Harrisburg — Hunters will soon have the chance to show support for their sport.
One of the bills signed into law late this fall by outgoing Gov. Tom Corbett was Senate Bill 1187. It creates, among other things, a “hunting heritage” license plate.
Pennsylvania already has a number of specialty plates. There’s one bearing a likeness of an otter that benefits the Wild Resource Conservation Fund, as well as other zoos, the Pennsylvania Historical and Museum Commission and Veteran Trust Fund.
The hunting plate will feature an image of a white-tailed deer and refer to the state’s “hunting heritage.” It’s being developed between the Pennsylvania Game Commission and Pennsylvania Department of Transportation.
“It is important to recognize hunters and their heritage, and I am pleased that the proposal worked its way through the General Assembly and will now go to the governor’s desk for approval,” said Sen. Jim Brewster, the Allegheny County Democrat who sponsored the legislation.
“There are more than one million hunters in Pennsylvania and many of those sportsmen may be interested in a hunting heritage plate.”
Brewster first introduced the idea back in the summer of 2013. It passed the Senate Transportation Committee fairly quickly, but then languished for a while.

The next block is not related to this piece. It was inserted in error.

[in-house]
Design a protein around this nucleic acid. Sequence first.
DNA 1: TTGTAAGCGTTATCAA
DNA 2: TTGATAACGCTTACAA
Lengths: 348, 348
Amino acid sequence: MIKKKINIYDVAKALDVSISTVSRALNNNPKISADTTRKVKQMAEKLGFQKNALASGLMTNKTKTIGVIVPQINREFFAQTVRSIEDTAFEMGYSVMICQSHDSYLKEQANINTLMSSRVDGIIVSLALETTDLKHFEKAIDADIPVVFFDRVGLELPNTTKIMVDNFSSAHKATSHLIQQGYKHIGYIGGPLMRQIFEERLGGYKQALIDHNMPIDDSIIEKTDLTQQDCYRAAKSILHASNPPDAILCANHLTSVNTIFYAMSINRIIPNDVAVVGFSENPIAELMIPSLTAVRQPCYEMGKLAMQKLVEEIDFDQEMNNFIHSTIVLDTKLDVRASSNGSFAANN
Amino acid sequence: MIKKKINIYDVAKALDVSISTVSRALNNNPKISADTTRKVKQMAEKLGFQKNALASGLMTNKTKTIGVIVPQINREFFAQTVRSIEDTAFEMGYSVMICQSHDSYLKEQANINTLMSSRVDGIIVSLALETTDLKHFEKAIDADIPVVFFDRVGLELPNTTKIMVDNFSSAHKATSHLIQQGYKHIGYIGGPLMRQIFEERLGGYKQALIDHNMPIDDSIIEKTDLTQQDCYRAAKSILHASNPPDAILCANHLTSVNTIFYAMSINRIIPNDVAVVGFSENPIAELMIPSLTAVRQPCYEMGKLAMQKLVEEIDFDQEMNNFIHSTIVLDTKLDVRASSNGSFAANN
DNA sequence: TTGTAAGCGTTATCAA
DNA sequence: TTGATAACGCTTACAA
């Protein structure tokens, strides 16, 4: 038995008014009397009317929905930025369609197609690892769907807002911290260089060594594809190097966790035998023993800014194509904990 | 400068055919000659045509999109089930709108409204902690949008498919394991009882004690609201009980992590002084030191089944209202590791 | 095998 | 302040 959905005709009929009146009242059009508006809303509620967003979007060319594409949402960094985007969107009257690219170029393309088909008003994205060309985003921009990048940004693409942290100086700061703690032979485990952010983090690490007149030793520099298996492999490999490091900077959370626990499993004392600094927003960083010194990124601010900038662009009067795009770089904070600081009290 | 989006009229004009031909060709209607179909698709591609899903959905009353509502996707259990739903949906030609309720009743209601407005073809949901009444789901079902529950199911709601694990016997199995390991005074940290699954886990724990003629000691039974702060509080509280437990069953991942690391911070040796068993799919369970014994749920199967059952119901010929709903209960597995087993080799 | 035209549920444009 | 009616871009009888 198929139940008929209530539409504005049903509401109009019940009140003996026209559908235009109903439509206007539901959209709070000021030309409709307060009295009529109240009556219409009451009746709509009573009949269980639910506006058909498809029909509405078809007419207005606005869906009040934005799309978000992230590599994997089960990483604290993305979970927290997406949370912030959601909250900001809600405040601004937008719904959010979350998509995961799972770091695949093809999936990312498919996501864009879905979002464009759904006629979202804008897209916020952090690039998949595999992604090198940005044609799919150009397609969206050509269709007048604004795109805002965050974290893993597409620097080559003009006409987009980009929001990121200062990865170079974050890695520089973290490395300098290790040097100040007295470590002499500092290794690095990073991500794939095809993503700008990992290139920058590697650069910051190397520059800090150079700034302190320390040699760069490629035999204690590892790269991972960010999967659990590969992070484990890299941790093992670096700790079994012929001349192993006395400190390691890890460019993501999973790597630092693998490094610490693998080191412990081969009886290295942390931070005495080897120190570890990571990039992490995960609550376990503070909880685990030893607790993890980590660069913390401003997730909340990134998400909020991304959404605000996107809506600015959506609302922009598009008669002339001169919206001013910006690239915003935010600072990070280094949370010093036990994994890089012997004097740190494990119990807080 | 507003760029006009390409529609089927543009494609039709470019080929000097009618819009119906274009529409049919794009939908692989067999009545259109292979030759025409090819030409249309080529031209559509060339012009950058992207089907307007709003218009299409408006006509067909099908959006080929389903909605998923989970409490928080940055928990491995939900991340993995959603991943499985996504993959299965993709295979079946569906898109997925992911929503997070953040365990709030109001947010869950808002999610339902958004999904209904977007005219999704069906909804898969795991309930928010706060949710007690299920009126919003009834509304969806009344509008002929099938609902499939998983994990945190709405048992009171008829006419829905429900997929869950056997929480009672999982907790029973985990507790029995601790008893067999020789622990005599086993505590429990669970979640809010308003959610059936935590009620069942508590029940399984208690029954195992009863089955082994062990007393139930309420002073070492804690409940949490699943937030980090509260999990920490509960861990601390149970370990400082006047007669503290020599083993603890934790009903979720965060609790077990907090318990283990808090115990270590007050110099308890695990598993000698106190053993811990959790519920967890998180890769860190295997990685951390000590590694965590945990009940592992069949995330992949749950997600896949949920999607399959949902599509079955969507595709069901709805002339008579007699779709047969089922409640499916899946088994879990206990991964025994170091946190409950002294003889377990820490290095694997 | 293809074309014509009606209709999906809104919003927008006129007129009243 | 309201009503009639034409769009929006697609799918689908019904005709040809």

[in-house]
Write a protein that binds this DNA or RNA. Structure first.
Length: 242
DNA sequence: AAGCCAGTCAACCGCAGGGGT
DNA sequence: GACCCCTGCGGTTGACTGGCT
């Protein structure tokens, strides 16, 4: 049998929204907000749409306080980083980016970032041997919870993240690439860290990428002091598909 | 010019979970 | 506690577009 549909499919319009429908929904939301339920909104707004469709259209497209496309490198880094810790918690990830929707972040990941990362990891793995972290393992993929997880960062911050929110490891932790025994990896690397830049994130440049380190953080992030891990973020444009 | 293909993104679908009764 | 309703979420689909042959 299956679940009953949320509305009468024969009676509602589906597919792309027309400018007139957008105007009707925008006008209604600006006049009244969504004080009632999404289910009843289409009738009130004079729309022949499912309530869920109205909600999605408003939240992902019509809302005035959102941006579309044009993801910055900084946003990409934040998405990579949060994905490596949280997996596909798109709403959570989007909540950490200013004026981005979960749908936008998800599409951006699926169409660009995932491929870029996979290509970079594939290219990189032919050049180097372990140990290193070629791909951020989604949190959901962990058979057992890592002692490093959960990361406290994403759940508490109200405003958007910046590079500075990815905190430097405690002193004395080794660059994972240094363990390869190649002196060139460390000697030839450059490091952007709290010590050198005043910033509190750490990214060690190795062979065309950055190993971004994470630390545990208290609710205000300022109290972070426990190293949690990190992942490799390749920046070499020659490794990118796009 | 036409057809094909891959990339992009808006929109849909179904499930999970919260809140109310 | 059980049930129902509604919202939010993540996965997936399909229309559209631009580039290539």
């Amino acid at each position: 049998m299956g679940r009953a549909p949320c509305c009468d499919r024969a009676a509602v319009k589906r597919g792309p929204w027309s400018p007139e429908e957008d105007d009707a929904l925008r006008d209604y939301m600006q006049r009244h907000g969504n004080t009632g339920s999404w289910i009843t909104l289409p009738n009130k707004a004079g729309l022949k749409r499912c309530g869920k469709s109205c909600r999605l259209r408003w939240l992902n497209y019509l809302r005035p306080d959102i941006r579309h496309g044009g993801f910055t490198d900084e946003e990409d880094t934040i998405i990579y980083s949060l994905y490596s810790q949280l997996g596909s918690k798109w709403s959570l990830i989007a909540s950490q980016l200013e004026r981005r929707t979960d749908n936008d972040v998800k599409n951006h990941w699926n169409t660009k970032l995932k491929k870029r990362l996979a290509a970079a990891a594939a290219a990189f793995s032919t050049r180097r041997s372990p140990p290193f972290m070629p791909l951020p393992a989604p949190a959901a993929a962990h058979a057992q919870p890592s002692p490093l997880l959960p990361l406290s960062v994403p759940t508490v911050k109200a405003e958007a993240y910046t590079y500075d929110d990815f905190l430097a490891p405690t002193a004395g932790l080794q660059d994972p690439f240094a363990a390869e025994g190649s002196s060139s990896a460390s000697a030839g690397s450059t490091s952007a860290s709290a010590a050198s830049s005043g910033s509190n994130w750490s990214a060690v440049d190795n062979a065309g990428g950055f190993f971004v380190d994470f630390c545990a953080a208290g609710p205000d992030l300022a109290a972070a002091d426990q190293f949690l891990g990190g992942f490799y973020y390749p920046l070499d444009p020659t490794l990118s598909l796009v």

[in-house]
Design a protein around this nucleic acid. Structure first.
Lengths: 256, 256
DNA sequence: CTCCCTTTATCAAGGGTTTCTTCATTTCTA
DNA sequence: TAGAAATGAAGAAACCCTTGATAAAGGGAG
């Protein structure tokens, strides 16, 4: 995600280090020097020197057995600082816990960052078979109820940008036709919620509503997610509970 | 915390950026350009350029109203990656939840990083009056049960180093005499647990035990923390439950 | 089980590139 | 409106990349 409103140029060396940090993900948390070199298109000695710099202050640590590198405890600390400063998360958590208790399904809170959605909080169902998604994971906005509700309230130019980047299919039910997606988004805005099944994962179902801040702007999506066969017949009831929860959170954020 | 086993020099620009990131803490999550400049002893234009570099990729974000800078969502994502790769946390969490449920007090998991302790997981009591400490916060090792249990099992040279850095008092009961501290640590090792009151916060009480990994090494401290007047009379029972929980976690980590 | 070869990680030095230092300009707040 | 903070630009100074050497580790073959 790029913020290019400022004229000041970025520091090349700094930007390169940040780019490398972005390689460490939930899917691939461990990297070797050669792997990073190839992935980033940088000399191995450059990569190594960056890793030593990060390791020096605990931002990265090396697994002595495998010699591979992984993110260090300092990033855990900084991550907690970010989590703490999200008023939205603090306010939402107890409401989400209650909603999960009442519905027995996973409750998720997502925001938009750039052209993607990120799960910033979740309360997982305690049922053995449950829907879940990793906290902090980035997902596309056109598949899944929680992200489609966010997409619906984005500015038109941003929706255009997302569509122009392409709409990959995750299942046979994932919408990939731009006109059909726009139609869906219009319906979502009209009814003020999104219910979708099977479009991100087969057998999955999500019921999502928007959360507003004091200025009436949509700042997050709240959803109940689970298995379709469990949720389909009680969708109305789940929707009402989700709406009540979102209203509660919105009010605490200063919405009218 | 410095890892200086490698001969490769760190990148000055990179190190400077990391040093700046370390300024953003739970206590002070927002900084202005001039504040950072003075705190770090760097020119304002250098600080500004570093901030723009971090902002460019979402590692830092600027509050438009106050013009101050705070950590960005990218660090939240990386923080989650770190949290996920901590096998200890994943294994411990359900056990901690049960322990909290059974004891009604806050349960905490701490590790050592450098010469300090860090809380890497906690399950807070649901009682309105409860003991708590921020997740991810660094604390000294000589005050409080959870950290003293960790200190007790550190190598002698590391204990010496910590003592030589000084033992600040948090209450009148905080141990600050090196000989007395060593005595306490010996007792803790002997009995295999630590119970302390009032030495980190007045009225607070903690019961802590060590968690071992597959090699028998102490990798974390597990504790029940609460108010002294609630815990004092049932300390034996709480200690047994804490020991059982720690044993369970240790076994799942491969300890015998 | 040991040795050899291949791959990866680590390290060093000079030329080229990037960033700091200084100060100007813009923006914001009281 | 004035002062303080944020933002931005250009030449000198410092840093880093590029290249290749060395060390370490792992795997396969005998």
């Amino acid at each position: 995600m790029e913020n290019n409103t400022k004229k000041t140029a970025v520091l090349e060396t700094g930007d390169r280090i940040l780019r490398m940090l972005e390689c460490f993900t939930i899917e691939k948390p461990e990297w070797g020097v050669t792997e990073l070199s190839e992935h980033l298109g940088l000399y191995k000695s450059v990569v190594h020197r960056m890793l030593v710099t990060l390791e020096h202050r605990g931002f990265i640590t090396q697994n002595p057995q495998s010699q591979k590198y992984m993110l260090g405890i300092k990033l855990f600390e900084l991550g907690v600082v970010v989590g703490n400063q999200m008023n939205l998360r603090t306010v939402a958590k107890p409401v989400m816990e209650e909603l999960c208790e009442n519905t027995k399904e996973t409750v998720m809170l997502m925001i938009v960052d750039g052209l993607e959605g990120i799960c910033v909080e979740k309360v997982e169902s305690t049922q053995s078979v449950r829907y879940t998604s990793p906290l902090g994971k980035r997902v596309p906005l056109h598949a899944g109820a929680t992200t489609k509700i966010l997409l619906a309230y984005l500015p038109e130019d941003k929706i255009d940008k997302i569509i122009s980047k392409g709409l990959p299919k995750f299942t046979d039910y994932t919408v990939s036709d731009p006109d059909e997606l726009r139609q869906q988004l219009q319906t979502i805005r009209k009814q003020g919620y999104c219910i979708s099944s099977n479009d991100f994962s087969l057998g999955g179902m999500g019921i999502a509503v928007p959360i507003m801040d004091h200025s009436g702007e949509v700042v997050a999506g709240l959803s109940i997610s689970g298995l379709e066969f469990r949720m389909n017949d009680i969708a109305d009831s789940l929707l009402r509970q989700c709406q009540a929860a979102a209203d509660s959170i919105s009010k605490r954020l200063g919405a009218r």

It was ultimately appended to other legislation earlier this year and made its way through the system.
The legislation specifies that one-third of the net proceeds from sales of the plate – PennDOT will keep enough to cover costs – will be allocated to Hunters Sharing the Harvest, the nonprofit that coordinates the distribution of donated deer and wild game to food banks.
The other two-thirds of the proceeds will go to the Game Commission, which will in turn distribute it in the form of grants to sportsmen’s clubs to promote sport hunting, youth hunter education and the replenishment of game species.
No decisions have been made on what the plate will cost, Game Commission Executive Director Matt Hough said in a conference call with reporters.
But that information will be available soon, perhaps by the end of the year or shortly thereafter, he added.
“We’re hoping hunters will buy the plates and show their support for Pennsylvania’s hunting heritage,” Hough said.